Guilds on the Grand Place
It's so easy to forget how beautiful your own city is. To not see things with a tourists eye because you pass them everyday. If there is one place in Brussels that catches my breath no matter how often I cross it, it has to be the Grand Place. Truthfully I don't find myself on the square that often but I definitely wish I would. It's the heart of Brussels and a lot of history has passed here. No wonder it's UNESCO World Heritage and a big tourist hotspot. If you're ever in the capital of Belgium, this is definitely your first go-to point. Be aware though, everyone knows and that's why the delicious waffles and chocolates are INSANELY expensive. I'd never go for a drink on any of the many terraces in summer either. But hey I'm Belgian, I know my way around tourist traps. Go to a local supermarket and take a picnic on the square instead, that's what the locals do. As it's winter now, there is a lot less buzz around. But I quite liked it this way, calmer. Nobody annoying standing in front of your camera haha.
Ever since the 11th century, this has been the centre of the city. It's build upon a dried-up swamp (Brussels used to have it's own river. But that's a completely other story to why urban planners, of the lack of them really, ever thought to cover it up). The square was a market place, an execution area (you know the Middle Ages), in the 14th century wealthy merchants came and build their guilds around the square. They're still here, but sadly almost everything you see today is a replica. As the French destroyed our beautiful Grand Place in 1695 during a siege of Belgium. Funny fact: the Town Hall (the biggest building on the square) survived. Obviously these people didn't know how to aim. The guilds rebuild all the houses but had to have an approval of plans first. That's why they're all so uniform, except for the Gothic Town Hall & the Breadhouse, which now houses a museum about Brussels. Sadly in the 18th century, people lost interest in their history again and everything was deserted and left in poor condition. Luckily Charles Buls, a major in the late 19th century saw the importance and had it restored to its former glory. Since 1998 it's UNESCO World Heritage, so luckily it'll stay in this beautiful state for generations to come. There are many fun facts to the Grand Market. One: it's no longer a market, but the name remained, two: it was once used as a parking space (the lack of respect for buildings and history is so shaming). Well that's all for the history lesson. I took a whole class about Brussels and it's history (mainly architecture) last year so any more questions, just shoot in the comments!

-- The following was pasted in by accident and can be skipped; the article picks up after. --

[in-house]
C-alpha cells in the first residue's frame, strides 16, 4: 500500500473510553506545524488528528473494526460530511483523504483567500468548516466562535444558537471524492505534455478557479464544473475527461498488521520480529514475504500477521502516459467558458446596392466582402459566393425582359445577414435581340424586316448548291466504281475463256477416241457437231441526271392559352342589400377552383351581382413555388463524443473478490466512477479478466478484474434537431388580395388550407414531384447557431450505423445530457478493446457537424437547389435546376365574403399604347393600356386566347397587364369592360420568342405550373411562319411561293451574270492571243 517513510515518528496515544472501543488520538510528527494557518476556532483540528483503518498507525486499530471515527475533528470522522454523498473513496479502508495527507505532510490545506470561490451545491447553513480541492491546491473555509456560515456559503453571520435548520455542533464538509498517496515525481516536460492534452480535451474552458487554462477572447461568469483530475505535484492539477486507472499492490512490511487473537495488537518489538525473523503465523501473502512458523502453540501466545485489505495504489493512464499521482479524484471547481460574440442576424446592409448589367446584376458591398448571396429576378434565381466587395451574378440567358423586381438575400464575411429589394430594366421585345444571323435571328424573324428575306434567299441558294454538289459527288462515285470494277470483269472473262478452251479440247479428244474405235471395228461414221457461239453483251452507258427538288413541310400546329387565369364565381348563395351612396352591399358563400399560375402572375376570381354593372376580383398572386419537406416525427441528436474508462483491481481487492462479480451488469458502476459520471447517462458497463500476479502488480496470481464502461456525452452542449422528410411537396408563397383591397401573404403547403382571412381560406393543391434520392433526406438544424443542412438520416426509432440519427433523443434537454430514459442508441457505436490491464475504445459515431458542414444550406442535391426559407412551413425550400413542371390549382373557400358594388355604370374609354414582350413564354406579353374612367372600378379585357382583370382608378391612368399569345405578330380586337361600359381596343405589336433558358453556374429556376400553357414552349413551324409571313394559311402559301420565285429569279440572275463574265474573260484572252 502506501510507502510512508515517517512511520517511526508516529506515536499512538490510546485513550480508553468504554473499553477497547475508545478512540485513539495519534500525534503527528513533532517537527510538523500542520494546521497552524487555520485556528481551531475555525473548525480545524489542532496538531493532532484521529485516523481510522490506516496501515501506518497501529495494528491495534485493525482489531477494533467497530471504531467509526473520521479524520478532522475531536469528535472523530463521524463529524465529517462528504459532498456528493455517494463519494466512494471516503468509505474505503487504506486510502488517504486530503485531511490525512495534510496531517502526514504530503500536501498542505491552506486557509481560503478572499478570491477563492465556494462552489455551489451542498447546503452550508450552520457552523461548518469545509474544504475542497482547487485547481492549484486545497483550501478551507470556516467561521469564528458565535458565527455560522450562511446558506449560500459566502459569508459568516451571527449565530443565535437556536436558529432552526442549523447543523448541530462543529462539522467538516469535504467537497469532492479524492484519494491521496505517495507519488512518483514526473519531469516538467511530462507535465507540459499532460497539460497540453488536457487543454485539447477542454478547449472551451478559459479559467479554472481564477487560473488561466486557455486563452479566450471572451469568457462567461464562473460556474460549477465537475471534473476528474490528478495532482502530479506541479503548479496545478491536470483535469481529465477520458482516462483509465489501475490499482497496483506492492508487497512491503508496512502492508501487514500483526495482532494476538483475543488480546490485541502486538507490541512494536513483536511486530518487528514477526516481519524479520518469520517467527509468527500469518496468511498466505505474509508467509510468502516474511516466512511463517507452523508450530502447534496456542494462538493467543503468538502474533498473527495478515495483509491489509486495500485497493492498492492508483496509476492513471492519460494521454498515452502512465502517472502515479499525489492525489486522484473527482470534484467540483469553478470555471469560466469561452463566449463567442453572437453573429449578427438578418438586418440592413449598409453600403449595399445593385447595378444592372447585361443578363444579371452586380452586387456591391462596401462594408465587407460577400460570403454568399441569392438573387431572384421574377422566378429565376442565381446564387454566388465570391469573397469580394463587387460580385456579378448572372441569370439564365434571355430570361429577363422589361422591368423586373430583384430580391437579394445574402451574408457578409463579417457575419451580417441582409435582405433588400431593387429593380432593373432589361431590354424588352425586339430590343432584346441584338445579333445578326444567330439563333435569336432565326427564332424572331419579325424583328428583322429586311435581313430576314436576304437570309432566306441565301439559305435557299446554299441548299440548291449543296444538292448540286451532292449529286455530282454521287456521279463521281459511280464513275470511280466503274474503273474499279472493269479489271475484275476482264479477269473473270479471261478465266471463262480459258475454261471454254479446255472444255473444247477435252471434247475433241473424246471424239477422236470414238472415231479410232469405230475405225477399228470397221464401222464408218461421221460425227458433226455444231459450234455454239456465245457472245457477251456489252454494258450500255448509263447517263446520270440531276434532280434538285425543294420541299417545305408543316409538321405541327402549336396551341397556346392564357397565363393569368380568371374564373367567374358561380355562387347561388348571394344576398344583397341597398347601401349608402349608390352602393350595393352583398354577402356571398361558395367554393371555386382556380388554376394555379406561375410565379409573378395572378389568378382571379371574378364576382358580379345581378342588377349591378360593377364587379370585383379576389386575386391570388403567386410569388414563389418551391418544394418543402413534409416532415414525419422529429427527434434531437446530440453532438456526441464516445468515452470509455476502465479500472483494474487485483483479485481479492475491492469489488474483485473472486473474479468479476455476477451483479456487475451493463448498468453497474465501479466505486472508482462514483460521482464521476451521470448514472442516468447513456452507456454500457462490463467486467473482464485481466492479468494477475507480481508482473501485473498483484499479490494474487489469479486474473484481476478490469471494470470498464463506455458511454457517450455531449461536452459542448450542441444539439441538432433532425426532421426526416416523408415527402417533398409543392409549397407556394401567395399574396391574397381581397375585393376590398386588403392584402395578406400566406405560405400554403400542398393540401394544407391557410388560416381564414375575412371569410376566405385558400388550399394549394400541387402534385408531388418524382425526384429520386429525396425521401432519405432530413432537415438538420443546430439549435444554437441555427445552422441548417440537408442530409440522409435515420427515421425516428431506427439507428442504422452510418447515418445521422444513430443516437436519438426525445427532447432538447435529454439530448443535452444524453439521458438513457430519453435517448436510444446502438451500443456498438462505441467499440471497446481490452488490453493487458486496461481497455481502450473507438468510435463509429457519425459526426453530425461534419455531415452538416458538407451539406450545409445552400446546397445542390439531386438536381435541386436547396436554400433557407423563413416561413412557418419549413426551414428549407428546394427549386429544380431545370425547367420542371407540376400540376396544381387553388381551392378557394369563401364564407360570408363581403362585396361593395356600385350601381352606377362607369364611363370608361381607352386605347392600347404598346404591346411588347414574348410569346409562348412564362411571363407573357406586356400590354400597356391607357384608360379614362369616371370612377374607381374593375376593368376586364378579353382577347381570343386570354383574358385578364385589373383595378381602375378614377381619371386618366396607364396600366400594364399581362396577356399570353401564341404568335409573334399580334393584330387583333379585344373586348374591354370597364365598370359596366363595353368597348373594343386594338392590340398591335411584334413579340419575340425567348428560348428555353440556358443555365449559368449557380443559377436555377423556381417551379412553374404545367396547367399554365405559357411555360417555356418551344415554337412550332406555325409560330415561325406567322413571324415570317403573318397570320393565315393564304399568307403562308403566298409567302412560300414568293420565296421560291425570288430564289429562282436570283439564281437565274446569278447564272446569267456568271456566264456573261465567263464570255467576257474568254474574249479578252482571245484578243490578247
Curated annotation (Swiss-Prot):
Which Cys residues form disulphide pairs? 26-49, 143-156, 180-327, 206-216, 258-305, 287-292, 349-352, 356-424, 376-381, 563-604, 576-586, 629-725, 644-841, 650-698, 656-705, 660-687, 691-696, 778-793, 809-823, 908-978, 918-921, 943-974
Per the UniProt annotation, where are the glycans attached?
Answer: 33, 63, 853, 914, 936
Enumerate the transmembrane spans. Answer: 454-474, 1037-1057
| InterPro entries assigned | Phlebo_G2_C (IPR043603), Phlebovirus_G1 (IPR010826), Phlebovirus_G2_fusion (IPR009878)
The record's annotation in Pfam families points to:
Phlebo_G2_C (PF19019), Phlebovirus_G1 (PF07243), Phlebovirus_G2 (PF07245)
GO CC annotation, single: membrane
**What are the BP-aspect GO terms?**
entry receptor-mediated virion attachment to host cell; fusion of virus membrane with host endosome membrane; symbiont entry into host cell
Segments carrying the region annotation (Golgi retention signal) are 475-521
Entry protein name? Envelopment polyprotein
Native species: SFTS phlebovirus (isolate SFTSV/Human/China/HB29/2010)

Photo's by Maya Bogaert